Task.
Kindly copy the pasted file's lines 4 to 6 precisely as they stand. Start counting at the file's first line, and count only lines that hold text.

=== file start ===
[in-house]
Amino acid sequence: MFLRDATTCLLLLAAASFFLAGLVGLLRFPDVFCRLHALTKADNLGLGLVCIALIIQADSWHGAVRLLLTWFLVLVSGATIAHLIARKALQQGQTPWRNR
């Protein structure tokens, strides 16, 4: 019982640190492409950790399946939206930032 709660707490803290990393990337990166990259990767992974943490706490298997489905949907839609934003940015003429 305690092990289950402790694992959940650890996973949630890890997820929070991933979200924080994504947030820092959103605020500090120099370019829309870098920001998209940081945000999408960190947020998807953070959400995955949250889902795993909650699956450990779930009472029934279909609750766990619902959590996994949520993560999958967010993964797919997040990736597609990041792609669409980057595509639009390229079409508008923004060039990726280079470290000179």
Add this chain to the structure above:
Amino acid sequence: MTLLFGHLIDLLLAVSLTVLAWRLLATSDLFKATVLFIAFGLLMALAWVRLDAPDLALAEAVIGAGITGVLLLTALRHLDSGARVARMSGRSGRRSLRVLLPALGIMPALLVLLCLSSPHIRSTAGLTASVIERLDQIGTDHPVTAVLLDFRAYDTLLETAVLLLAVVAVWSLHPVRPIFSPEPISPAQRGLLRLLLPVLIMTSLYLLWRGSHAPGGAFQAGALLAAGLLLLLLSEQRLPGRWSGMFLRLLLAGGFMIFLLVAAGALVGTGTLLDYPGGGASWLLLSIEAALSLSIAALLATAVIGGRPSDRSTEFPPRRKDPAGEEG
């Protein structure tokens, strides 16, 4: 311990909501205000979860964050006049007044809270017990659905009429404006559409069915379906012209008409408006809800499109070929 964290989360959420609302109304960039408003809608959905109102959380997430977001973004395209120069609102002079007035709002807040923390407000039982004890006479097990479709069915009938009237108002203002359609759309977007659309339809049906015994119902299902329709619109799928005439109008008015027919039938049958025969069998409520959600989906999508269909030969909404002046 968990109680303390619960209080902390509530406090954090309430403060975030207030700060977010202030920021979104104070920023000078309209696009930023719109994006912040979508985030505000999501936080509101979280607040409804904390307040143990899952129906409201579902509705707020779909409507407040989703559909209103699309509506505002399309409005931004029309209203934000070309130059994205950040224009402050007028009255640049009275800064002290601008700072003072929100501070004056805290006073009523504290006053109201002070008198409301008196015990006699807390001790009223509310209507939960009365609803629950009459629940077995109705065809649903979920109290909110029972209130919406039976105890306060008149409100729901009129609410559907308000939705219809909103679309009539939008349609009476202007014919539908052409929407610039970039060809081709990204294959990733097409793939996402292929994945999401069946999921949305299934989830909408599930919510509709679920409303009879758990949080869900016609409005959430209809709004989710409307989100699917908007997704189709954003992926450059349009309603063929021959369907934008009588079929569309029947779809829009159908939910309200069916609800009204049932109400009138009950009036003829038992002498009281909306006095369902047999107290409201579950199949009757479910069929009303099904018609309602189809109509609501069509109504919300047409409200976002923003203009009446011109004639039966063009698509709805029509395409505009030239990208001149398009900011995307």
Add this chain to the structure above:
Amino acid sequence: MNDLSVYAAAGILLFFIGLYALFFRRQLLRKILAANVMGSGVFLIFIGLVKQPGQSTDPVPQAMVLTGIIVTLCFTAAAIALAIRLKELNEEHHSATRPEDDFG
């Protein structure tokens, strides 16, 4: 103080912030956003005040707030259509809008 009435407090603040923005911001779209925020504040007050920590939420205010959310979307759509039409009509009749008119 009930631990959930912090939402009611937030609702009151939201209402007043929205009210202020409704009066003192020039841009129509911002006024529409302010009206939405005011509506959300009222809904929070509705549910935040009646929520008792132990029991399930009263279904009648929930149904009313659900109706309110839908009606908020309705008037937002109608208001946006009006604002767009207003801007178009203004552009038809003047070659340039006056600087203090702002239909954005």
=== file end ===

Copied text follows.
Add this chain to the structure above:
Amino acid sequence: MTLLFGHLIDLLLAVSLTVLAWRLLATSDLFKATVLFIAFGLLMALAWVRLDAPDLALAEAVIGAGITGVLLLTALRHLDSGARVARMSGRSGRRSLRVLLPALGIMPALLVLLCLSSPHIRSTAGLTASVIERLDQIGTDHPVTAVLLDFRAYDTLLETAVLLLAVVAVWSLHPVRPIFSPEPISPAQRGLLRLLLPVLIMTSLYLLWRGSHAPGGAFQAGALLAAGLLLLLLSEQRLPGRWSGMFLRLLLAGGFMIFLLVAAGALVGTGTLLDYPGGGASWLLLSIEAALSLSIAALLATAVIGGRPSDRSTEFPPRRKDPAGEEG
């Protein structure tokens, strides 16, 4: 311990909501205000979860964050006049007044809270017990659905009429404006559409069915379906012209008409408006809800499109070929 964290989360959420609302109304960039408003809608959905109102959380997430977001973004395209120069609102002079007035709002807040923390407000039982004890006479097990479709069915009938009237108002203002359609759309977007659309339809049906015994119902299902329709619109799928005439109008008015027919039938049958025969069998409520959600989906999508269909030969909404002046 968990109680303390619960209080902390509530406090954090309430403060975030207030700060977010202030920021979104104070920023000078309209696009930023719109994006912040979508985030505000999501936080509101979280607040409804904390307040143990899952129906409201579902509705707020779909409507407040989703559909209103699309509506505002399309409005931004029309209203934000070309130059994205950040224009402050007028009255640049009275800064002290601008700072003072929100501070004056805290006073009523504290006053109201002070008198409301008196015990006699807390001790009223509310209507939960009365609803629950009459629940077995109705065809649903979920109290909110029972209130919406039976105890306060008149409100729901009129609410559907308000939705219809909103679309009539939008349609009476202007014919539908052409929407610039970039060809081709990204294959990733097409793939996402292929994945999401069946999921949305299934989830909408599930919510509709679920409303009879758990949080869900016609409005959430209809709004989710409307989100699917908007997704189709954003992926450059349009309603063929021959369907934008009588079929569309029947779809829009159908939910309200069916609800009204049932109400009138009950009036003829038992002498009281909306006095369902047999107290409201579950199949009757479910069929009303099904018609309602189809109509609501069509109504919300047409409200976002923003203009009446011109004639039966063009698509709805029509395409505009030239990208001149398009900011995307």